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PV021: Salar de Uyuni (part 2)

Posted by Arlo on Jun 27, 2012 under Postcard Valet, PV-Podcast, Travel, Videos

This video, of course, continues where our first Salar de Uyuni video left off.

With everything I’ve got on my to-do list while we’re living in Australia, I haven’t had as much time as I’d like for editing more travel videos. The biggest hurdle has been recording new voice-overs.  Oksana is usually off working for 40+ hours a week, so there’s not much time for us to collaborate on the next big show-and-tell.  I realized, however, that I had a set of voice-overs still on my hard drive — the ones we recorded last year during our Bolivian salt flat tour.  ‘Bout time I followed up with the second part of that fantastic tour…!

It wasn’t until I started editing that I realized how little footage I shot during day two and day three of that tour.  Lots of great photos, very little video.  I suspect it was because we didn’t have a reliable power source until the tour was over and I was worried about draining my batteries.  Made the edit a little harder to pull off, but thankfully, I was able to supplement it with extra photos (as well as some of Wendy and Dusty’s videos.)  I trust the beauty of the landscape still comes through.

Show Notes:

The following is a transcript of the above video for Google’s benefit (ignore it, watch the video instead!)

Postcard Valet
Travel Podcast
Episode 21 – Salar de Uyuni (part 2)

In comparison to being out on the Salar at sunset with a lightning storm coming in, the next two days of the tour were pretty tame in comparison, but any other time it would have been a fantastic experience of its own.

We went on a tour actually twice.  The first time we got really sick and had to bail out after the first day.  And then the second time we went a couple weeks later; we did the whole three-day tour.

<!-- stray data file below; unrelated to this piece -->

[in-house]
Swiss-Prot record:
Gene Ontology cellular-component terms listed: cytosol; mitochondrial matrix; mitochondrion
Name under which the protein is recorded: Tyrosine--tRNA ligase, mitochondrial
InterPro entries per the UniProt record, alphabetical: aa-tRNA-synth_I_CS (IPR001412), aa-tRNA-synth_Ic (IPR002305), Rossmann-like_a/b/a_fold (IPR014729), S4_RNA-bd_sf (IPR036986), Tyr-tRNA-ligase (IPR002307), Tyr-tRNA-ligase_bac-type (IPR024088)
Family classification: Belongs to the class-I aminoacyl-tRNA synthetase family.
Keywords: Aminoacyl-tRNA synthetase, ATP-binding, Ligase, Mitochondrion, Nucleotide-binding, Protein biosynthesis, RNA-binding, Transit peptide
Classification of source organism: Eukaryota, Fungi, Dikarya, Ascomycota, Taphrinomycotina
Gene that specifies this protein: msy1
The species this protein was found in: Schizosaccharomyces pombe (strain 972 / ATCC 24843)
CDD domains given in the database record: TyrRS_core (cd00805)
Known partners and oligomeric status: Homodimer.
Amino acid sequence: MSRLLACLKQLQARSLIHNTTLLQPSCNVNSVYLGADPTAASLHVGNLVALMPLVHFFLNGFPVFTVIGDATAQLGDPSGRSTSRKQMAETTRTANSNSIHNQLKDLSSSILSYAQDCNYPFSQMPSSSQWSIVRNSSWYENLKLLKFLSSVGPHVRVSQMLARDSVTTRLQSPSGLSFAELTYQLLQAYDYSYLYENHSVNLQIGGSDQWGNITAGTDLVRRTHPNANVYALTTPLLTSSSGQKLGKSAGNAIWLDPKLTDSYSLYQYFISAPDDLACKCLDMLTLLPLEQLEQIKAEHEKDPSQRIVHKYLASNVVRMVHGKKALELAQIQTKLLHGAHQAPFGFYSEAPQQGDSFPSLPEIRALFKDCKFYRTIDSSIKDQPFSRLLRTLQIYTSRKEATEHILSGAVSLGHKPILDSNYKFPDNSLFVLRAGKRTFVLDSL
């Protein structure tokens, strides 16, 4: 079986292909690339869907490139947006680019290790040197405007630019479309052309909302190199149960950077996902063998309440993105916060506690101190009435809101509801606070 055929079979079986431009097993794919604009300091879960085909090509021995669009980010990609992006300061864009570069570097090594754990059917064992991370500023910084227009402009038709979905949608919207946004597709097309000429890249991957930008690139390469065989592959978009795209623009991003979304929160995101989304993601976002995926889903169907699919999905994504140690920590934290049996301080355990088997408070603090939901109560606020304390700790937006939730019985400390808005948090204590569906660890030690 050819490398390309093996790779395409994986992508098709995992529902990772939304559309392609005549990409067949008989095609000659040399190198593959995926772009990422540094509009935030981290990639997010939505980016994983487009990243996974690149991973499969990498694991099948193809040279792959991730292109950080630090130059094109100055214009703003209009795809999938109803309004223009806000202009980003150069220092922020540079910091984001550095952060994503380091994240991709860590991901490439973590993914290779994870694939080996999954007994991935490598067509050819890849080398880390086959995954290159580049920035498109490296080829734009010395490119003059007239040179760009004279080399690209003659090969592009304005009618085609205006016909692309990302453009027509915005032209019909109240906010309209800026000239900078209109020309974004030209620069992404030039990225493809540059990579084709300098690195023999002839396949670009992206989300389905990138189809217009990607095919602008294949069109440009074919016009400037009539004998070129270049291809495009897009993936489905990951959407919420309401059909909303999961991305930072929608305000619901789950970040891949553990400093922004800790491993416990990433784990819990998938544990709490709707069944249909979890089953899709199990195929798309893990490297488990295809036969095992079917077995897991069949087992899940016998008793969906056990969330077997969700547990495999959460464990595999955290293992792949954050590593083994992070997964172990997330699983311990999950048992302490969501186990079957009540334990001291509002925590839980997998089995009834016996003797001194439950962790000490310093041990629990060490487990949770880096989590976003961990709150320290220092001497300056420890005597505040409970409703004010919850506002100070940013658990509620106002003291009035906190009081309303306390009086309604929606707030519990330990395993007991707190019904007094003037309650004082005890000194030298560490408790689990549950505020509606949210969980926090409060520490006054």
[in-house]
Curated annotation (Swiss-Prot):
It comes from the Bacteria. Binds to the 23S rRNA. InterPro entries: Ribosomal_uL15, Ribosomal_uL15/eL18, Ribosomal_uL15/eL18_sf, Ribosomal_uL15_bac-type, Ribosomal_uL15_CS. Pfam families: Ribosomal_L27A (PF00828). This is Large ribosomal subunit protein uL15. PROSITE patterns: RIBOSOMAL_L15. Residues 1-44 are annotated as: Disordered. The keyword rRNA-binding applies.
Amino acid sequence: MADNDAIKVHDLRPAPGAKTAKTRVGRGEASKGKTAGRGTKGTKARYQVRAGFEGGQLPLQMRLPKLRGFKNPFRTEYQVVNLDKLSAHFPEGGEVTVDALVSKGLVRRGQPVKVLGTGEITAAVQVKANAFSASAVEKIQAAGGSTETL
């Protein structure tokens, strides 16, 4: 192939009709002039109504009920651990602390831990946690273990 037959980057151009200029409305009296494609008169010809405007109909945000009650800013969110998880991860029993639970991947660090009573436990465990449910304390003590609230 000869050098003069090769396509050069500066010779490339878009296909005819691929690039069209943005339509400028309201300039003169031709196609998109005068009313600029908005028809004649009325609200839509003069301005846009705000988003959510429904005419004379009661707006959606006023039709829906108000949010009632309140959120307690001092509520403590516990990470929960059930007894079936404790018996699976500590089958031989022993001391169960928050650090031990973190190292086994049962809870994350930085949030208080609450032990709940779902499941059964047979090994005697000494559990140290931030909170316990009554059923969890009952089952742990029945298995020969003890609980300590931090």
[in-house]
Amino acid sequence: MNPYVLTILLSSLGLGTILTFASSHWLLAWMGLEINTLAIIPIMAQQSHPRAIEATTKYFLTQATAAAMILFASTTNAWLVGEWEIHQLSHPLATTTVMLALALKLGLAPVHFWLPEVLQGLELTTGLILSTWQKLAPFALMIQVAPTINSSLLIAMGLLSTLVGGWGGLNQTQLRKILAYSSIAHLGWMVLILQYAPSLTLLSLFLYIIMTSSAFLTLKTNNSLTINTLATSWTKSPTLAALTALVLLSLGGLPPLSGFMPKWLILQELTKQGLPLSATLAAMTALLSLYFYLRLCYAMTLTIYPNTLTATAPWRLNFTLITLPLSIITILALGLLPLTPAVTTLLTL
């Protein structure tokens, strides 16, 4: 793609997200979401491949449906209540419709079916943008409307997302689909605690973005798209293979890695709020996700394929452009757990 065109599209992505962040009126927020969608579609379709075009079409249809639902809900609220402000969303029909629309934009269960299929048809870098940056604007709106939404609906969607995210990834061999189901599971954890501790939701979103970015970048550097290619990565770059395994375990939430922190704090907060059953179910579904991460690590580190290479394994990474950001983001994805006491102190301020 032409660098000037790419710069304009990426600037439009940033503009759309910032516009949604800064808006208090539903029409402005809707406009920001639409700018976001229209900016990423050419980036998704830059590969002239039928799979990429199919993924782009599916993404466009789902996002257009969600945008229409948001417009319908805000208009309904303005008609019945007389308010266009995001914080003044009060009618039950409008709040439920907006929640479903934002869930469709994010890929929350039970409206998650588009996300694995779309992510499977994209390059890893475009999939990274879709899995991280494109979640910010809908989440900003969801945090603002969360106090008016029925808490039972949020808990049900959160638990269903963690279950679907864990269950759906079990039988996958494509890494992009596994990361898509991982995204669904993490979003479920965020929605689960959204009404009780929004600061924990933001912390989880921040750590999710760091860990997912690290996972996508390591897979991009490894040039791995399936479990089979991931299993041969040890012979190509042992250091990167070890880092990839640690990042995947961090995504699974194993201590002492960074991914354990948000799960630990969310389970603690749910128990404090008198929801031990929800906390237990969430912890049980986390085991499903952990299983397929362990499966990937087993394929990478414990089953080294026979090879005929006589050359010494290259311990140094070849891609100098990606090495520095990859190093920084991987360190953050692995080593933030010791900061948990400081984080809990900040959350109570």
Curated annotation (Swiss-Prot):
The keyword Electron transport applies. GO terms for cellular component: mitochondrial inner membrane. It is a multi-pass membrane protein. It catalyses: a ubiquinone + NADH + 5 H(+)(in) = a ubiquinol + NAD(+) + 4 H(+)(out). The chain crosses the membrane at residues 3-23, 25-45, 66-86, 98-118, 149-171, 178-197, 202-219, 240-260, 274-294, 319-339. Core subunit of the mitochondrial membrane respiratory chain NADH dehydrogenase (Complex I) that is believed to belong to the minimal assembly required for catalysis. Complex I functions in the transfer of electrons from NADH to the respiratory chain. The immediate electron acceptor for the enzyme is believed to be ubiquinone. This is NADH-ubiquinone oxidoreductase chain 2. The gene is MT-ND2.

It was a good thing that Arlo and Oksana didn’t come with us, because there were no bathrooms along the route – at all!

We are not tourists, we are travelers, and we like adventure.  We don’t like when everything is planned for us. We like to do what we want to do.

The driver or the guide tells you, “Well, get out of the car and just have a walk for ten minutes, take your pictures, then come back to the car.”  We drove like 50 kilometers, just stopped there, “Have a look at this wonderful rock!” or whatever, and just like, aw, fuck, I hate that.

Getting involved in a tour means that you don’t have liberty – you’re not independent to go where you want to go.  Do you want to spend like 2 or 3 hours in this place to do this stuff and you can’t – I mean, that’s what we thought about the tour!

For two days we drove through the high Bolivian deserts, through amazing scenery that you can’t see anywhere else.

And the road, different destinations…  ¿Cómo se dice?  ¿Paisajes?  Sí.  This is, “scenes.”

At times, I was dozing off in the back of the SUV and I’d wake up every five or ten minutes and look around and see a completely different landscape.